NEW YORK (TheStreet) -- Been to Beverly Hills in the last year? If you have, you'd know that there is a new most-popular SUV in town: the Range Rover Sport (from Jaguar Land Rover, which is owned by Tata Motors (TTM) - Get Report). You can't turn around without seeing one.

It shouldn't be surprising that the Range Rover Sport has become Hollywood's favorite SUV: It's the best-looking one on the market. I try avoiding to opine too much on automotive beauty, because it's so subjectively in the eyes of the beholder, but in this case I'm comfortable making an exception. I simply can't think of a better-looking SUV.

But is beauty more than skin-deep?

To find out, I drove two versions of this SUV, which starts at $64,345. The first one was the base engine, which is the near-ubiquitous Jaguar Land Rover (JLR) supercharged V6 that powers all of its rear-wheel drive-based cars, and has 340 horsepower wedded to the same kind of 8-speed automatic gearbox used by numerous automakers from BMW and Audi to Chrysler, Jeep and Dodge.

The particular unit I drove cost approximately $80,000 (over $15,000 worth of options); there was no need for more horsepower. The large JLR supercharged engines have some of the very best characters in the industry, and this implementation didn't disappoint. It would be the rarest person who got into this car and said "Wow, if it weren't for the fact that it needed more power...."

With its dazzling exterior beauty as a backdrop, the interior still looks good, but it's not a standout in its price class, though as good as the best.

The seats are a bit too hard and flat for my taste. A BMW X5 or Volvo XC90 will give you better seat comfort. (Speaking of the all-new 2016 Volvo XC90, it's probably the only SUV that matches the Range Rover Sport's exterior beauty, and clearly beats it on the inside.)

The main weakness of the Range Rover Sport's interior is the aging infotainment system, which does not offer Google's (GOOG) - Get Report (GOOGL) - Get Report Android Auto or Apple (AAPL) - Get Report CarPlay. There is a new custom infotainment system coming in a couple of Jaguars (XJ and XF) this fall -- and presumably in the Range Rover models next year -- but it remains to be seen how that system will match up with the Android Auto and Apple CarPlay systems that many of the competitors -- including the Volvo XC90 -- will offer.

The driving dynamics of the Range Rover Sport are decidedly on the sporty side. Normally, even the term "SUV" (sport utility vehicle) is somewhere between a joke and an oxymoron, as there is no "sport" involved. This is one of the rare exceptions. I flogged the Range Rover Sport in curves and the handling was far beyond what most other SUVs could even dream of offering.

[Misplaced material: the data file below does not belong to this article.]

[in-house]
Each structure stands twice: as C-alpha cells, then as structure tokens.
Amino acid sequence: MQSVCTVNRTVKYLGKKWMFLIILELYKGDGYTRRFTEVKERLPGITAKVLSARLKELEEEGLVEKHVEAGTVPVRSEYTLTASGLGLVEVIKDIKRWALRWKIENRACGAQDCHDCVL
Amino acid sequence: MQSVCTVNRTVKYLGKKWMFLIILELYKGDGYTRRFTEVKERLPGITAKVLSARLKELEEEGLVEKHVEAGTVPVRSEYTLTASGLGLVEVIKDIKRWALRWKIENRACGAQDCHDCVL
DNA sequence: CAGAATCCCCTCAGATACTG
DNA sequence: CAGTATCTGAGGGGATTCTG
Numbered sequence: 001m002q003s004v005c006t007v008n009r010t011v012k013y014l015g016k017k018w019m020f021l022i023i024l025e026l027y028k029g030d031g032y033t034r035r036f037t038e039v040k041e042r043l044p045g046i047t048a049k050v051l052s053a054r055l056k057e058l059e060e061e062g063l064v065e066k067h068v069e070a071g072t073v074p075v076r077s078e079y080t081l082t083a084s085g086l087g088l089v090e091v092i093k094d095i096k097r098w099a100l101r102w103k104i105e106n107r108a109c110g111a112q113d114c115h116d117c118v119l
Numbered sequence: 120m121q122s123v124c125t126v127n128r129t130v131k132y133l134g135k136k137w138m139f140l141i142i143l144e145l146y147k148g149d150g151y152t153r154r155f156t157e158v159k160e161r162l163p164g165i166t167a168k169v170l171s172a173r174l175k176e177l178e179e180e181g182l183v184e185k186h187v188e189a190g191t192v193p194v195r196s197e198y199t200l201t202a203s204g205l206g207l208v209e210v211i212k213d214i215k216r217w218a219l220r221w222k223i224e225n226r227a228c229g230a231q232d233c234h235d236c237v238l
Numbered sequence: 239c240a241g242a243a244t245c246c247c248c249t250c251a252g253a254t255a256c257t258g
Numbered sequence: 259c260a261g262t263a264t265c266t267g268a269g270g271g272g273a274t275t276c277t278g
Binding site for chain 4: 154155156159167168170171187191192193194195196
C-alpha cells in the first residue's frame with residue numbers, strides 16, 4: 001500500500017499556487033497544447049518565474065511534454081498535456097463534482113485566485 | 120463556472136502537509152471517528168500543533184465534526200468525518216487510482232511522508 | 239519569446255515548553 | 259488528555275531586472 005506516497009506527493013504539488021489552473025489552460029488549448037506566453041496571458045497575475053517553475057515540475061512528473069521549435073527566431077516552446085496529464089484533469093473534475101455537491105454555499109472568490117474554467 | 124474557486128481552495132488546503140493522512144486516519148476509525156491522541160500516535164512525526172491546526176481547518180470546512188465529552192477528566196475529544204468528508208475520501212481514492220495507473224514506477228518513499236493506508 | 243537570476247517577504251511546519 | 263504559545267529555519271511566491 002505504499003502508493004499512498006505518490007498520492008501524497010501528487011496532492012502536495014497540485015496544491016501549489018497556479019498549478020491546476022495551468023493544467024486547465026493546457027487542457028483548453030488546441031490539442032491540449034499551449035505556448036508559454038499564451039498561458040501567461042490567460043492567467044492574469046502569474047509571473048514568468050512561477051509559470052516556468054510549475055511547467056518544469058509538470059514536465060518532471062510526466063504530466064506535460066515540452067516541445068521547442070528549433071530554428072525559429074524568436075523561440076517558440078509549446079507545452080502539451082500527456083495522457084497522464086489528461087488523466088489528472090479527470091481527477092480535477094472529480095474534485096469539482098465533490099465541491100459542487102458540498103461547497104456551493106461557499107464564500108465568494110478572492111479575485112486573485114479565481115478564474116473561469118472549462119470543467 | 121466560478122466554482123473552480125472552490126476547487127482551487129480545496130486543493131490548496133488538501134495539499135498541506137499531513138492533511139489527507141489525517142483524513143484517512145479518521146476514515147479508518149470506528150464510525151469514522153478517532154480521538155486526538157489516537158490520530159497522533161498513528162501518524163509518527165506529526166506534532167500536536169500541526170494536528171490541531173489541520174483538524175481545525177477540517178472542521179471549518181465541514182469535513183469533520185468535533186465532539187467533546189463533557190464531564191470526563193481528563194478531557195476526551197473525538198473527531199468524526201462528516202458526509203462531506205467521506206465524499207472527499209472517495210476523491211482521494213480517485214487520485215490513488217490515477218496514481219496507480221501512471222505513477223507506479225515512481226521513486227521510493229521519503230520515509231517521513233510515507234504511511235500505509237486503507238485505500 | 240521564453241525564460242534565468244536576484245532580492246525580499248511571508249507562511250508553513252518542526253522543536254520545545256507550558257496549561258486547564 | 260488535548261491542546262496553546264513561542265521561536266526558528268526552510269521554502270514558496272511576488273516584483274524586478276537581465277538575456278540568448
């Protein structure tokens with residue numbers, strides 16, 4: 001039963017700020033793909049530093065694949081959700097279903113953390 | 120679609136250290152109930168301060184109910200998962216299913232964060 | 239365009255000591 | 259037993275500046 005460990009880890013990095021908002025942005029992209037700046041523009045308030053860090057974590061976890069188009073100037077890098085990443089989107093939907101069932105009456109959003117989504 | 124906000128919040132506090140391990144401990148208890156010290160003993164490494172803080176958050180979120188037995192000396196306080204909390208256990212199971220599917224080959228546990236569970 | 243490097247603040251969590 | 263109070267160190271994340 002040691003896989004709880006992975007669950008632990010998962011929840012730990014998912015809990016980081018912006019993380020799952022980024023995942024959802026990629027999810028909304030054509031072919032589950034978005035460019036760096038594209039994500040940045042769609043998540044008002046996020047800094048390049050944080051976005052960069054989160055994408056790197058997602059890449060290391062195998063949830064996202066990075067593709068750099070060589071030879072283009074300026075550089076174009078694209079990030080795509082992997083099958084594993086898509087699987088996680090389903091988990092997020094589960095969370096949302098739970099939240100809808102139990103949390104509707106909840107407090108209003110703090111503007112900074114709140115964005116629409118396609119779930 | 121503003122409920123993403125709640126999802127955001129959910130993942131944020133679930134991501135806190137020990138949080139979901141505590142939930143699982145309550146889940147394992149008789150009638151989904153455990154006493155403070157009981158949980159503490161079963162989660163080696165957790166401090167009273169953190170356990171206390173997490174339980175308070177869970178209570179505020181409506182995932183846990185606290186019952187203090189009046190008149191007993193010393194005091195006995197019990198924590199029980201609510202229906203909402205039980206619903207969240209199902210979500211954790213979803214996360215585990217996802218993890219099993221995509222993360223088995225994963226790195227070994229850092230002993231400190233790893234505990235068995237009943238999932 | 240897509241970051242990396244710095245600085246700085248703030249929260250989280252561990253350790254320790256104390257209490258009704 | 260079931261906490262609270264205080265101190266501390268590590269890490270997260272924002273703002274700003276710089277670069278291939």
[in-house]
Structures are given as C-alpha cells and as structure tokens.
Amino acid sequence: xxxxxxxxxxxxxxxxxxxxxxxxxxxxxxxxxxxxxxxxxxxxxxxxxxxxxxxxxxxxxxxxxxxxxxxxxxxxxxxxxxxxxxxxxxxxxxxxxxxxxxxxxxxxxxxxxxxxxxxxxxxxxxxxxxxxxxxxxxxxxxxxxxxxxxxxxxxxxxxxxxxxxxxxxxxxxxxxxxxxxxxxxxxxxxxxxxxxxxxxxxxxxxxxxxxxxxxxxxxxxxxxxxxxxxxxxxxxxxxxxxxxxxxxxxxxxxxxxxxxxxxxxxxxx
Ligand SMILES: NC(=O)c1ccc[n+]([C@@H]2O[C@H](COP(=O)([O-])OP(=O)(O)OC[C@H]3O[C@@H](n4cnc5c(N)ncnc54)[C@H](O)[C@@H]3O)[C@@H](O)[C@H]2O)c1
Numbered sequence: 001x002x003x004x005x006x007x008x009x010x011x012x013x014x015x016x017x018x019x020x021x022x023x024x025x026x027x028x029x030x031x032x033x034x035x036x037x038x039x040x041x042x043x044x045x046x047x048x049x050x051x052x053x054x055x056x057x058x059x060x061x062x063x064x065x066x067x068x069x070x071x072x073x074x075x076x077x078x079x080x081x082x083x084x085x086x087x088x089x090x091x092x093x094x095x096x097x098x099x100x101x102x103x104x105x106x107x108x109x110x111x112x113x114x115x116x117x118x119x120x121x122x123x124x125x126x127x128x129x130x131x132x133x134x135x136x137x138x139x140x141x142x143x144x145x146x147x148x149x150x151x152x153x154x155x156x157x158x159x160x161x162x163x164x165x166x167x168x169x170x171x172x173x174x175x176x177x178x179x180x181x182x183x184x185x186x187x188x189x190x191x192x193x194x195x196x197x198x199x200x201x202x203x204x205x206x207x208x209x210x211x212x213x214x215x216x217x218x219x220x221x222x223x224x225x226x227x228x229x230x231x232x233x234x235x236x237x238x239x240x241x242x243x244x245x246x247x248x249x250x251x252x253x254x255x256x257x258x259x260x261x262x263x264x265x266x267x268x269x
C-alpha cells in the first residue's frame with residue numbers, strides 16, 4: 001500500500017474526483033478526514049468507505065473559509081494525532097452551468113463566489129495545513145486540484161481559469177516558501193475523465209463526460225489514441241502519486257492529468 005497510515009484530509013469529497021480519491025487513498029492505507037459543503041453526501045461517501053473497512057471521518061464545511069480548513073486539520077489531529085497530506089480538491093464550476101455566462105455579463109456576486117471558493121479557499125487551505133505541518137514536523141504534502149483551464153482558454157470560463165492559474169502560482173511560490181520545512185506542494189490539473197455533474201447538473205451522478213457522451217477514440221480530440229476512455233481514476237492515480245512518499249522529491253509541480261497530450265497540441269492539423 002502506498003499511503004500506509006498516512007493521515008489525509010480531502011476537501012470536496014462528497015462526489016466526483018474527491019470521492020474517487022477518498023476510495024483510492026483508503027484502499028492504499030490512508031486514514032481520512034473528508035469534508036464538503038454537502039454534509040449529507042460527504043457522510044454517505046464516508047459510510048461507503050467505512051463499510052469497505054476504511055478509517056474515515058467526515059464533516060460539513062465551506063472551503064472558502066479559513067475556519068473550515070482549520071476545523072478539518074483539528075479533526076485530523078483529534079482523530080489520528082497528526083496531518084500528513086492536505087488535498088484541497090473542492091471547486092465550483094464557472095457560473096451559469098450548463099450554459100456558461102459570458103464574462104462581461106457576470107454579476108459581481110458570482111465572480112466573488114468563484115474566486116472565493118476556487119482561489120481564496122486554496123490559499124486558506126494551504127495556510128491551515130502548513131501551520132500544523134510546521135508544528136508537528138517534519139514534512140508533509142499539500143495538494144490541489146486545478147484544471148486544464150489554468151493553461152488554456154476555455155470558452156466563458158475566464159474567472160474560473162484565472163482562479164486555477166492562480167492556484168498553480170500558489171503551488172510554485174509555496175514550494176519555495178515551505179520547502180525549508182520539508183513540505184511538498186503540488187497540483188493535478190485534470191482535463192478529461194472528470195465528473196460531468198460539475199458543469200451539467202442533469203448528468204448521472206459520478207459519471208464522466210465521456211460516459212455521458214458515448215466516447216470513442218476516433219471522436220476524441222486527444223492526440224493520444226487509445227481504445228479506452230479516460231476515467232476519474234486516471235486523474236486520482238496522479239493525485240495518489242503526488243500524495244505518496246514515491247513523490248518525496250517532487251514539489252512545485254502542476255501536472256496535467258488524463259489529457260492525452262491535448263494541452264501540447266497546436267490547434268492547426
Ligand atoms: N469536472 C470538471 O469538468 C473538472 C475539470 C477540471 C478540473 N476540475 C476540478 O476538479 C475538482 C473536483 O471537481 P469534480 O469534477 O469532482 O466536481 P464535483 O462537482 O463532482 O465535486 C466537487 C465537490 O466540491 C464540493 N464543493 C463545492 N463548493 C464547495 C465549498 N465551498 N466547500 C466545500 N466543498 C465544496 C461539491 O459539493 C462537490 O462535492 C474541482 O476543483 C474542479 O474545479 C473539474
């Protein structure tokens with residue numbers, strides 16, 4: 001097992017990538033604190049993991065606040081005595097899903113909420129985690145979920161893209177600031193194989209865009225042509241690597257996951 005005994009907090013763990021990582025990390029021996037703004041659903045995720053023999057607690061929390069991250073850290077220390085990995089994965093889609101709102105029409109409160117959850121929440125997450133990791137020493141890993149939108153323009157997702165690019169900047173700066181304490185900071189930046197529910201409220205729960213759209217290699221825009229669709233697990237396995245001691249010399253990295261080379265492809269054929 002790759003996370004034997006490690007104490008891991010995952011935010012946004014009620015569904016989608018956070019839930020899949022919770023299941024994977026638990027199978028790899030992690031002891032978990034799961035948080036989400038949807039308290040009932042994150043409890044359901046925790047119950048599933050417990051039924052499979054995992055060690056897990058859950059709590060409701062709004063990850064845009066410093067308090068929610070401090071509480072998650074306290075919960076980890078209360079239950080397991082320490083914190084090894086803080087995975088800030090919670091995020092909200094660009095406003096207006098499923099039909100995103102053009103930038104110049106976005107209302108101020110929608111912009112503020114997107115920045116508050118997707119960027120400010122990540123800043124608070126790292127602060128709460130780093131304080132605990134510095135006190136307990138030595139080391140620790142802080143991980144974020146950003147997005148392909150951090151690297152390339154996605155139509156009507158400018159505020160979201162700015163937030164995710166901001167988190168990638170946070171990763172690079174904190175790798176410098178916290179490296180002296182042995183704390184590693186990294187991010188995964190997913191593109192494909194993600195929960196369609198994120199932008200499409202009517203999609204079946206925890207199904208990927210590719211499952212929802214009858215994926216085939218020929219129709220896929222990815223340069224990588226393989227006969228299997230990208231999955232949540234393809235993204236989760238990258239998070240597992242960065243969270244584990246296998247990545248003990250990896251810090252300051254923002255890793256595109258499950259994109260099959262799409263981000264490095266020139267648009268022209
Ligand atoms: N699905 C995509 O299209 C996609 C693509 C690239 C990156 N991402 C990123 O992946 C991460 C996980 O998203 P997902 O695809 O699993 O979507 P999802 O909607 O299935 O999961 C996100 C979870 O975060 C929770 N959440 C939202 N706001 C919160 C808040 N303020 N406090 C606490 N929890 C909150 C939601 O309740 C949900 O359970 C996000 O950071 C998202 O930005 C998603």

The price you pay for the superior handling is that the ride is a bit stiff. When you sit that high up, and the car is that heavy, you can't get great handling without making the whole thing extremely stiff. 

Speaking of paying a price, I got 15 miles-per-gallon in the city and 21 on the highway, which is par for the class, but still not a great number. This weakness is expected to be cured this fall, when the Range Rover Sport gets an optional diesel engine for $1,500 extra. It is expected to get about 22 miles-per-gallon in the city and 28 on the highway, but most diesels tend to outperform the expected miles-per-gallon, as measured by the U.S. Environmental Protection Agency.

I also got a chance to try the fastest SUV Range Rover has ever made, the Range Rover Sport SVR. It has a 550 horsepower V8 and all sorts of modifications to improve the performance, ranging from more cooling from the front facia, to stiffer suspension. It also gets different seats, with headrests that don't adjust.

With the small caveat that the headrests were not placed optimally for my body and head frame, the SVR was a delight to drive. A new exhaust system made it sound like an Italian race car -- or at least Jaguar's own F-type sports car.

That said, the base model had so much sufficient power, that I don't think most people will be interested in paying a lot more for this 550 horsepower version. How much more? It starts at $111,000 and the one I drove topped $120,000.

For the abbreviated 2015 model year, Range Rover imported only 500 units of this SVR version. More will arrive in the fall, for the 2016 model year. If you are an extreme race car driver, or look to drive your SUV on the race track, this is the SUV you should buy.

My advice: Most normal people will be more than satisfied with the power in the base model which starts under $65,000. I would wait until the fall and try the significantly more frugal diesel, and if possible wait even longer for when the Range Rover Sport gets JLR's next-generation infotainment system.

In the meantime, nobody -- whether in Beverly Hills, Calif. or elsewhere -- will be disappointed by the Range Rover Sport's supermodel SUV looks. It appears to be winning over the Hollywood set.

This article is commentary by an independent contributor. At the time of publication, the author held AAPL.